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Atoms are made up of protons and neutrons. All atoms with the same number of protons are part of the same element. However, if the number of neutrons vary, then they are different isotopes. Isotopes can be thought of as individual varieties of a given element.

Overview And Examples

Chemistry is based on the electrons around an atom. So if the atom is short one electron from filling an electron shell, then that atom badly wants to combine with other atoms to share an electron to fill that shell. This causes atoms to chemically combine forming molecules. The number of electrons (with an electric charge of negative one each) in an atom, must balance (in the long term) the number of protons (with an electric charge of positive one each) in the atom. So in the periodic table, it makes sense to organize the elements by the number of protons. Those protons (and the electrons filling shells around them), determine the chemistry of each element.

Some atoms are made up of a single stable isotope, while others have several. Examples:

Helium has two stable isotopes: Helium 4 (made up of two protons and two neutrons), and Helium 3 (Made up of 2 protons and 1 electron).

A few things to note. ANYTHING with two protons is Helium, that is what Helium means.

If you add the number of protons and neutrons together, you get the atomic mass number for that isotope.

Let us look at Hydrogen. The most common form of Hydrogen is Hydrogen 1, with one proton and zero neutrons. A hydrogen isotope with 1 proton and 1 neutron (Hydrogen 2) is called deuterium. A radioactive isotope with one proton and two neutrons (Hydrogen 3) is called tritium.

Isotopes are important in two ways.

-- First the variation and how common isotopes are effect the average atomic mass of each element. For example, Chlorine (Cl) has two common (non-radioactive) isotopes: Chlorine 35 with an atomic mass of 35, and Chlorine 37 with an atomic mass of 37. Cl35 is the most common isotope making up 75.8% of the natural Cl, while Cl37 makes up 24.2% of natural Chlorine.

However average the atomic masses (and abundances) of Chlorine: ((35 * 0.758) + (37 * 0.242) ) / 2 = 35.45. This was very mysterious to physicists when they were creating the periodic table and measuring the mass of the the elements. Most elements had integer atomic masses, how could Chlorine have one half way between two integers??? Now that we know about isotopes this mystery is explained.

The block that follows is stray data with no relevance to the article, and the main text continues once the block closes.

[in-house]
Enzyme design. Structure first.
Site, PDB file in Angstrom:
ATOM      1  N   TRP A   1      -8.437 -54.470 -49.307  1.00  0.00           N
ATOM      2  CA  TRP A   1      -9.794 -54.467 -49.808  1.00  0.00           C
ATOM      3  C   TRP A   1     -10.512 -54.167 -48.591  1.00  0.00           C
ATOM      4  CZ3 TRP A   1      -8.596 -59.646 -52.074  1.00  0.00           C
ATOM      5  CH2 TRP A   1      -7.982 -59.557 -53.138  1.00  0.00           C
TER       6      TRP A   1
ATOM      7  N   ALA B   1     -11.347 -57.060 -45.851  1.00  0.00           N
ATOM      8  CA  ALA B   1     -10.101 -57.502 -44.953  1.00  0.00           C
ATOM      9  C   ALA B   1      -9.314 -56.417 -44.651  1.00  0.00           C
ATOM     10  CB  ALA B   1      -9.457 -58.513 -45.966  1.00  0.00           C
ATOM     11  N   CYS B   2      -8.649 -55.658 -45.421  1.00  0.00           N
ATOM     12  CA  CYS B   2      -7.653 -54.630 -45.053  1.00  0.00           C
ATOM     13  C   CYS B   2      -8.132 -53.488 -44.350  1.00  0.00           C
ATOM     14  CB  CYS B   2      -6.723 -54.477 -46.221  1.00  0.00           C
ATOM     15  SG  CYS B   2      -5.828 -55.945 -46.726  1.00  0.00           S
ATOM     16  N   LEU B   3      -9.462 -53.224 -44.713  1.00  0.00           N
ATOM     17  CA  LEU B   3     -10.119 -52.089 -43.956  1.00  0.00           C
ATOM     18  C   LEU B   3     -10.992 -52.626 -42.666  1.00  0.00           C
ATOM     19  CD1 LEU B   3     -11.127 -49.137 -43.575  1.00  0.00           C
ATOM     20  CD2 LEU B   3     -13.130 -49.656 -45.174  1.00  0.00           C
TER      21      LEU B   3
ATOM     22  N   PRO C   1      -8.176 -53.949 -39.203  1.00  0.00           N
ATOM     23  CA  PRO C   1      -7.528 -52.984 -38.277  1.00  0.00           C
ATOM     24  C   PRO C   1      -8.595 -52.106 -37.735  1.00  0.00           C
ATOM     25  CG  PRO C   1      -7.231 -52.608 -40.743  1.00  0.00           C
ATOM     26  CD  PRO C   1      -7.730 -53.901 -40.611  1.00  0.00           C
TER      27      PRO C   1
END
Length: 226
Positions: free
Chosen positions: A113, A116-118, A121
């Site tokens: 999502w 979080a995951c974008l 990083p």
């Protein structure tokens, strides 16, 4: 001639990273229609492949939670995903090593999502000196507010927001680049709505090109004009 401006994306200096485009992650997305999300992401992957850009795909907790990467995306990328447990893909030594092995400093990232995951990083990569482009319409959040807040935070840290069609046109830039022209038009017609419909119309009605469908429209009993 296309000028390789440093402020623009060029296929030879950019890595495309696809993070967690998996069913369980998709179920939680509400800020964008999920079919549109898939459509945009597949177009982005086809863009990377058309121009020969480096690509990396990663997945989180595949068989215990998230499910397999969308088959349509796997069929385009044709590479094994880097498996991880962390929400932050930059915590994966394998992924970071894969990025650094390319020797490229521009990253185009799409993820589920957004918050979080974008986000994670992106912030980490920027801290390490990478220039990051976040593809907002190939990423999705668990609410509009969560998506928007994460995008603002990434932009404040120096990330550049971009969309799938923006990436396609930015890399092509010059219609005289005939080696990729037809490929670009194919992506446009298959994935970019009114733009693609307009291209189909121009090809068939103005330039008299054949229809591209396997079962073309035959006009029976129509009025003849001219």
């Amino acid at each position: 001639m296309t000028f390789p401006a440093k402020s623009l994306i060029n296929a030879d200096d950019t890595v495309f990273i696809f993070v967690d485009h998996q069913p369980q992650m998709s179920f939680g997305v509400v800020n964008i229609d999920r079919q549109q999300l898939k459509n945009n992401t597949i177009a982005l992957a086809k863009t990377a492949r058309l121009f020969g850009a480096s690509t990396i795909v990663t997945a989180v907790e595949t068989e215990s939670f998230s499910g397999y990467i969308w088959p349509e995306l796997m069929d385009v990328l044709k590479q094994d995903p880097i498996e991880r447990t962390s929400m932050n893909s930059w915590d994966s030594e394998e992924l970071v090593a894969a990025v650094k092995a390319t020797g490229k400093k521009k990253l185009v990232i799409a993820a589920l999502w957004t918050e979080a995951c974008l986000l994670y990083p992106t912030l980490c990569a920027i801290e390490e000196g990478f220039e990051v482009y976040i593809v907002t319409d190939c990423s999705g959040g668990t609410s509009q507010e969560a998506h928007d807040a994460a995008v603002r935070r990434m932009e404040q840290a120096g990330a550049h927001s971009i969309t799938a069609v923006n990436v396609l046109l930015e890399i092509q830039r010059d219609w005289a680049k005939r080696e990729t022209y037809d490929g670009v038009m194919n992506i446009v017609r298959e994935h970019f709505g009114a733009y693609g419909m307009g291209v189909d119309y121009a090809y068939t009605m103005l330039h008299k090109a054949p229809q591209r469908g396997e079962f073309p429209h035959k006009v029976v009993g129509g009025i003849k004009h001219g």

-- The second reason why isotopes are important has to do with radioactive decay and nuclear power. This will be discussed below.


Like charges repel. So if two electrons (both with –1 electric charge) are close together, they will repel and unless stopped, will shoot away from each other. The closer they are to each other, the more the repelling force.

Protons each have a +1 positive charge, but inside the nuclei of an atom, they are much, much closer together, so the electromagnetic force trying to force them apart is gigantic. Why do protons stay together inside atomic nuclei? The answer is the strong nuclear force. Protons and neutrons exchange 'gluons' (beyond the scope of this discussion), which holds them together. Whereas the electromagnetic force has an infinite range (tho it is very weak far away), the strong nuclear force has a very short range, it only works at the scale of atomic nuclei. (And large nuclei are pushing that distance.) Small atoms like to have approximately equal number of protons and neutrons. As we go to larger atoms, they want more neutrons than protons to stay stable.

It turns out that nucleons (protons and neutrons) also like to form shells. (The number of protons or neutrons in each shell are different from the number of electrons needed to fill electron shells for reasons we won't go into here.) Filled shells are especially stable and unlikely to radioactively decay.

Small atoms like hydrogen can gain energy by adding more nucleons. So by fusioning light elements we can generate power. Huge atoms can gain energy by splitting apart, so by fissioning heavy elements we can also generate power. Iron is in the middle ground, it can't gain energy by adding or subtracting from it.

Let us look at Uranium. All Uranium isotopes have exactly 92 protons, but the number of neutrons will be higher than that, and can vary. U235 (made up of 92 protons and 143 neutrons) is unstable, it can (fairly) easily split in half releasing a lot of energy. U238 (92 protons and 146 neutrons) however, is very stable, it is barely radioactive at all.

In a nuclear power plant, we will bombard heavy isotopes with neutrons trying to change them into the rare isotopes which will fission into two halves which release a lot of heat energy. Ideally they will generate enough extra neutrons to keep the reaction going. There are only a handful of isotopes that are likely to fission, and only 3 are important to nuclear power: Uranium 233, Uranium 235, and Plutonium 239.